Coping with success

It isn’t always easy. Good things (and the demands and attention they bring) can be as anxiety-producing as failures.

Especially for those of us with insecurities and control issues and a damaged sense of self-worth. I’ve seen fellow writers experiencing success sabotage their careers—and themselves—in a desperate attempt to exert control over something that was happening that they felt like they had no power over. It’s surprisingly common—writers self-sabotage with substance abuse, or with failure to do the work, or by making absolute asses of themselves to colleagues, editors, fans. We over-internalize criticism and we fly our careers into mountainsides unintentionally, because we are so busy fussing over the controls that we don’t notice the honking great rock in the way.

We succumb to self-excoriation and the paralysis of perfectionism. We crouch behind the stairs and stage-whisper “EVERYONE IS WATCHING.” We fret when we’re nominated for awards, and we fret when we’re not.

I’m here to tell you that it’s okay, and literally nobody else is paying half as much attention to you, your writing career, or your occasional screwups and successes as you are. Nobody else spends as much time worrying about your social media presence as you do, or trying to micromanage every aspect of a book launch that Has To Be Perfect, or flipping out because the color of your book cover is wrong.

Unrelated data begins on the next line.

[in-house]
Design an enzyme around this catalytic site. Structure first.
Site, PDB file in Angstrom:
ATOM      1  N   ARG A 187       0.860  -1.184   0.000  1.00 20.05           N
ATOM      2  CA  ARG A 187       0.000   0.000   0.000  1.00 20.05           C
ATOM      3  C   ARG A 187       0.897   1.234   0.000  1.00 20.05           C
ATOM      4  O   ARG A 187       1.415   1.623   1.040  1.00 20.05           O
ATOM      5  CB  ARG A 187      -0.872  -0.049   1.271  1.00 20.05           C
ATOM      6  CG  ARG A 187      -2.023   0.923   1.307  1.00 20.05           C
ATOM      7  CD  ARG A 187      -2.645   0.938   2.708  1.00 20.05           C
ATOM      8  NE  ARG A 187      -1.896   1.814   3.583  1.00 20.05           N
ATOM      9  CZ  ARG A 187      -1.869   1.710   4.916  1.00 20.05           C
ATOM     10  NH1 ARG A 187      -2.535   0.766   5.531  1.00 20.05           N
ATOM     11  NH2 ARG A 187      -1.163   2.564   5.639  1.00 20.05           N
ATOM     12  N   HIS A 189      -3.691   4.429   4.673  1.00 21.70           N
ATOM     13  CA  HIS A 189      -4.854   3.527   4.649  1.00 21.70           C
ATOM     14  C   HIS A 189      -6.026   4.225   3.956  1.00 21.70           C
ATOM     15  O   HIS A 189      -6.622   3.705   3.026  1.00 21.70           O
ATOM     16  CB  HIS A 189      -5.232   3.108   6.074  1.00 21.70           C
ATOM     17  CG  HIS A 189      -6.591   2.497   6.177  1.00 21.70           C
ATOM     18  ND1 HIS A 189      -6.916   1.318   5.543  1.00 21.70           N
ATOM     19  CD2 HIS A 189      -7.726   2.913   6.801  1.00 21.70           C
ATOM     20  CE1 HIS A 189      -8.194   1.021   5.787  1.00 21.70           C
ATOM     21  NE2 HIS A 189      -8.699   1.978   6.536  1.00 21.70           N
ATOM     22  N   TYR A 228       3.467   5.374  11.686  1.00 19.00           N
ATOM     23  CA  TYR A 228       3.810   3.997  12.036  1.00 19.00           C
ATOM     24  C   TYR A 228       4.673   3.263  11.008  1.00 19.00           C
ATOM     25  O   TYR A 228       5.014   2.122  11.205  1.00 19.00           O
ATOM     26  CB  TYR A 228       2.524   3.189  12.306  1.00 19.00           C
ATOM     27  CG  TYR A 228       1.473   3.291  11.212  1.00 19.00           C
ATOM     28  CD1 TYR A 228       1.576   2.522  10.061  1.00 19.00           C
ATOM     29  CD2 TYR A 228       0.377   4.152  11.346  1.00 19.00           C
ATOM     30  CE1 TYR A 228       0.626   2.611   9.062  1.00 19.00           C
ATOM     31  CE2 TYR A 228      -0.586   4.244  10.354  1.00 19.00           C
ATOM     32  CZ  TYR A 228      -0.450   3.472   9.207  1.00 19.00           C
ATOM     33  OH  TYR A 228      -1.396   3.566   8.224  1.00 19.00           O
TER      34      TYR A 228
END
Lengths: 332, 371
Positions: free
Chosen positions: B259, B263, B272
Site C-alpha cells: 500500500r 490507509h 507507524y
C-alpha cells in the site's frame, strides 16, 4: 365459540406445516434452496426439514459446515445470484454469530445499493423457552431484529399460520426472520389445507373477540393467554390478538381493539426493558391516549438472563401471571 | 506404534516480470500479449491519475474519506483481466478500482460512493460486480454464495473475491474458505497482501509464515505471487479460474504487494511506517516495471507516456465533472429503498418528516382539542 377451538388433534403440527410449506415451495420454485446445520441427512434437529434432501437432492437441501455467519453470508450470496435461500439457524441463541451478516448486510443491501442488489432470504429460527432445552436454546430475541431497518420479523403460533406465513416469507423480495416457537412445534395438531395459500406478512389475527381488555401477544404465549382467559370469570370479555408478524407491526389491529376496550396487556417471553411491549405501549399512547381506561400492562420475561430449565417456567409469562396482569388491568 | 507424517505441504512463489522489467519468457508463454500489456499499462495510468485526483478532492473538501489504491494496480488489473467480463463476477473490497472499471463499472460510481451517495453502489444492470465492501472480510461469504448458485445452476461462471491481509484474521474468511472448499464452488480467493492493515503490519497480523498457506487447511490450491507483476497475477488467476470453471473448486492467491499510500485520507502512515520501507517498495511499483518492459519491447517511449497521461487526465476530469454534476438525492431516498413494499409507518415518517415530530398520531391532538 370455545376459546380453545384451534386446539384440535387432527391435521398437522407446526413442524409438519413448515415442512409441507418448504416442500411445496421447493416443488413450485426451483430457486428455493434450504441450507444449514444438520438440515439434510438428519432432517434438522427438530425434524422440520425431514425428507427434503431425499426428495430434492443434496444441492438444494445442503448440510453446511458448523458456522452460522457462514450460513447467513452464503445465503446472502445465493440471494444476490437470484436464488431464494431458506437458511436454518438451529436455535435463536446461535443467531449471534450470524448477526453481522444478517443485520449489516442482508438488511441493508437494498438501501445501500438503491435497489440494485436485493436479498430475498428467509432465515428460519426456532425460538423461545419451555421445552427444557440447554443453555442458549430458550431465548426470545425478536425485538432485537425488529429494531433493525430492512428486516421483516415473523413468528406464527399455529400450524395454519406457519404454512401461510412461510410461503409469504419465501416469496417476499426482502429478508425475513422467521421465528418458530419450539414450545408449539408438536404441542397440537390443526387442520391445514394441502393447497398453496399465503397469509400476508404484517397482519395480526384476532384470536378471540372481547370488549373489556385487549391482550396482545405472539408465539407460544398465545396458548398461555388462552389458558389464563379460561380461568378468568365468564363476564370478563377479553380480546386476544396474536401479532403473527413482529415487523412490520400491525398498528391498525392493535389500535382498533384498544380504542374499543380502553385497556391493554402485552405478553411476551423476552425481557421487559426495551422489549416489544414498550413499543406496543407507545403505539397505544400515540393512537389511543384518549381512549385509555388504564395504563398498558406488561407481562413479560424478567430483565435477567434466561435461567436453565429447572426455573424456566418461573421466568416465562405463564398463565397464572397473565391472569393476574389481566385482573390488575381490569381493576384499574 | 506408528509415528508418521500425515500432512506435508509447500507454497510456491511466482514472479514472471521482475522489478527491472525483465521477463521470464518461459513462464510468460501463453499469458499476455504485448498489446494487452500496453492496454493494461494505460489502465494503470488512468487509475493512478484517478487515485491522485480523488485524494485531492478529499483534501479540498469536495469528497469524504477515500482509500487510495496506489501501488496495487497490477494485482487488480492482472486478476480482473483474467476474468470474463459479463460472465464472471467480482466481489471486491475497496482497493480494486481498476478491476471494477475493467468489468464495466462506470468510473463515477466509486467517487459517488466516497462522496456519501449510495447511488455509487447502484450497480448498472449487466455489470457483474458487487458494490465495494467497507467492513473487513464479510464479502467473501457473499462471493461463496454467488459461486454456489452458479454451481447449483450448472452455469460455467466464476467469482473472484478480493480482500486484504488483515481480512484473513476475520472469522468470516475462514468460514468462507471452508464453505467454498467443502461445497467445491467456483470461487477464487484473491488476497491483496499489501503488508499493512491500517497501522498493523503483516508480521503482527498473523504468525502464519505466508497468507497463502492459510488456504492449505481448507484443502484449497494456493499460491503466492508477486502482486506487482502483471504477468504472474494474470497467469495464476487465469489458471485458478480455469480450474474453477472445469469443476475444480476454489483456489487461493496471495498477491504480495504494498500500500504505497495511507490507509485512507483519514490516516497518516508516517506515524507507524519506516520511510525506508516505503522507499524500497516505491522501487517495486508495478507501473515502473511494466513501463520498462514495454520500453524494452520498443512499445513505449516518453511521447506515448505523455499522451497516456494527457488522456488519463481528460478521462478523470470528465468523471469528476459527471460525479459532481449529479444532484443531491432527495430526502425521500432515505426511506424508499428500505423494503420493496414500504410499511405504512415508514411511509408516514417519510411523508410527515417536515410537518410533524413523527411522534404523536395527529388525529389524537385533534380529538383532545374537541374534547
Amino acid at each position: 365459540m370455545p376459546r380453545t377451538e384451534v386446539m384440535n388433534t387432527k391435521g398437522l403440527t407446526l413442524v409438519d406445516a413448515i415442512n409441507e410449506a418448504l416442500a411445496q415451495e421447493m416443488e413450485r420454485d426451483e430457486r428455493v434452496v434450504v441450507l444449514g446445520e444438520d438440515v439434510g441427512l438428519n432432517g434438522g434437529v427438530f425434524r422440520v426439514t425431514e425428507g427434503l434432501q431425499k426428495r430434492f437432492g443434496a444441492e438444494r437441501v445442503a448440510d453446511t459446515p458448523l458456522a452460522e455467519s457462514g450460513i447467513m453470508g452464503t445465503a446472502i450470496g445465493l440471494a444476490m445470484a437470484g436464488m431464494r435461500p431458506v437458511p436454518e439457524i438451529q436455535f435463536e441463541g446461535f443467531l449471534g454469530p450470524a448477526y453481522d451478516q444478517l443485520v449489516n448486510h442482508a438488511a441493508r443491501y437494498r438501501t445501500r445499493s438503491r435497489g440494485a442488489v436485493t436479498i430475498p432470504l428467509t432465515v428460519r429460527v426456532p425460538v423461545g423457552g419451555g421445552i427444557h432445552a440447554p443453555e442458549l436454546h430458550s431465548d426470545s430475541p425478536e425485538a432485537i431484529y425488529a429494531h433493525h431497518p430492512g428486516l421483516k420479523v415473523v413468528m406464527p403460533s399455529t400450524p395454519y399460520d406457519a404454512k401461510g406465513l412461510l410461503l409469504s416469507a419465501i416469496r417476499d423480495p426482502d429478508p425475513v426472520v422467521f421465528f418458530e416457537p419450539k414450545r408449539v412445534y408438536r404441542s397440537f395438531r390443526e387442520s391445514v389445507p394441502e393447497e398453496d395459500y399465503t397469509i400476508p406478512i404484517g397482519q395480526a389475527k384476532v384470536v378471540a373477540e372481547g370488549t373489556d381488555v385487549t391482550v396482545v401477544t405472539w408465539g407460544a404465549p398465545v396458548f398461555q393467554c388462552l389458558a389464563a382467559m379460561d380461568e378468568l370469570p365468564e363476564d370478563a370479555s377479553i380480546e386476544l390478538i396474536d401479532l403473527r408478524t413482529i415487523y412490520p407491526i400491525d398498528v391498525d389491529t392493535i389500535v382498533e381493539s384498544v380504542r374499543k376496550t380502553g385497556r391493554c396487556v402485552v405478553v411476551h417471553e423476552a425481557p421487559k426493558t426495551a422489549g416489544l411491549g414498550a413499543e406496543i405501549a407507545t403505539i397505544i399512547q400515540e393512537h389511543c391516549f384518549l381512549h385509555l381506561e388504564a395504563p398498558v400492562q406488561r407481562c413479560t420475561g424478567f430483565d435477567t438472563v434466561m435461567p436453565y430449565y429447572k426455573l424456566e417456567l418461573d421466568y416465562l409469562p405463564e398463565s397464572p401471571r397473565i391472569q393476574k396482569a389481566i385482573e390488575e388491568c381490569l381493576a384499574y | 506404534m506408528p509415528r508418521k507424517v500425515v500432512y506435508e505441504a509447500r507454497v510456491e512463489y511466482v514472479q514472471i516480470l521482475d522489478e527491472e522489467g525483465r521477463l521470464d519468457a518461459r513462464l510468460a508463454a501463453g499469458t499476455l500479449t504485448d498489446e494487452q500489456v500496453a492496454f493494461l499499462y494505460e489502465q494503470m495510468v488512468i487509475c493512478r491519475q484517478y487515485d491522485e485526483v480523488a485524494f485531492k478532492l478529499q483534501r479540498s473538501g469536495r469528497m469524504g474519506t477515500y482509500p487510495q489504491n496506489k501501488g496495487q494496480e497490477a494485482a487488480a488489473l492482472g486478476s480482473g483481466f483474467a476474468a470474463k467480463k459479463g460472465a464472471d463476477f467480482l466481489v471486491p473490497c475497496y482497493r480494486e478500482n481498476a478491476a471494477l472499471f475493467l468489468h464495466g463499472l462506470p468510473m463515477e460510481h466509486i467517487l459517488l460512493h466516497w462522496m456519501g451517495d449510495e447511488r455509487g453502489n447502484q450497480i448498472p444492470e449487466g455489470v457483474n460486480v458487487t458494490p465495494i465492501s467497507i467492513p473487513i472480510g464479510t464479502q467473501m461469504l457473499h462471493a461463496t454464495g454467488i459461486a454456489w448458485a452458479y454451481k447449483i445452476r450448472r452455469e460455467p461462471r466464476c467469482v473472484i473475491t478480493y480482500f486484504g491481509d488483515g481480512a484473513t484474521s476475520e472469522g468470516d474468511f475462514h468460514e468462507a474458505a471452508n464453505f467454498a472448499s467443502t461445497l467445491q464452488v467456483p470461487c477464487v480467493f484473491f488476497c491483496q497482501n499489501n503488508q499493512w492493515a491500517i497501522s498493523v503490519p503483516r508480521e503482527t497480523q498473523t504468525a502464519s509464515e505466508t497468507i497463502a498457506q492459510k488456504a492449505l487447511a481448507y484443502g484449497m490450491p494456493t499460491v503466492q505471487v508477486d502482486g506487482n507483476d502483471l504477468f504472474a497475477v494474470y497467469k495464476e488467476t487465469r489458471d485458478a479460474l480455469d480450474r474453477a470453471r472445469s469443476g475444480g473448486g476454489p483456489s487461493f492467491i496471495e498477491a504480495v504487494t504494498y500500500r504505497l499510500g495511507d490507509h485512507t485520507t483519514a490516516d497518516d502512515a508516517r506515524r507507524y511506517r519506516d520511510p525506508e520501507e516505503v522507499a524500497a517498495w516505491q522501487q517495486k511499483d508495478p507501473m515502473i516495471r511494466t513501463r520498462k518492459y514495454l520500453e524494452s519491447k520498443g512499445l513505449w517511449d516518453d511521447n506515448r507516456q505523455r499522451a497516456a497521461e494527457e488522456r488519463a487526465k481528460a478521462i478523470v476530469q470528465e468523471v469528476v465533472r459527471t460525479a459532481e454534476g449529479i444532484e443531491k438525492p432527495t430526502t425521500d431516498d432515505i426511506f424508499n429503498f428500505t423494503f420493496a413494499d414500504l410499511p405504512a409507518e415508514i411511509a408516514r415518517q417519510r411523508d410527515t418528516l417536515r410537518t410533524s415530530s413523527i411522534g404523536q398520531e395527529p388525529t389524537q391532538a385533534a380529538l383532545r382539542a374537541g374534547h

Here’s the secret: The thing that causes us to make these mistakes is anxiety.

It’s social anxiety, about being judged by our peers and fans and the Dread Internet. It’s performance anxiety, about whether our work is good enough. It’s the anxiety of perfectionism, and it’s the anxiety of knowing that so much about our careers is outside our control. Good stuff, bad stuff: it just kind of happens sometimes, and while we can take steps to maximize the good stuff (and the chances of continued good stuff) nobody can actually make it rain.

Probably for the best, or the only books you’d ever see published would be about five bestsellers a year.

So how do you cope with the anxiety that comes with success? The same way you cope with *any* anxiety: meditation, exercise, medication, talk therapy modalities, mindfulness training.

Probably not heavy drinking or bottling it up until you explode from stress and worry. Those strategies are counterproductive.

What are some strategies you use to cope with anxiety and stress caused by positive change in your life?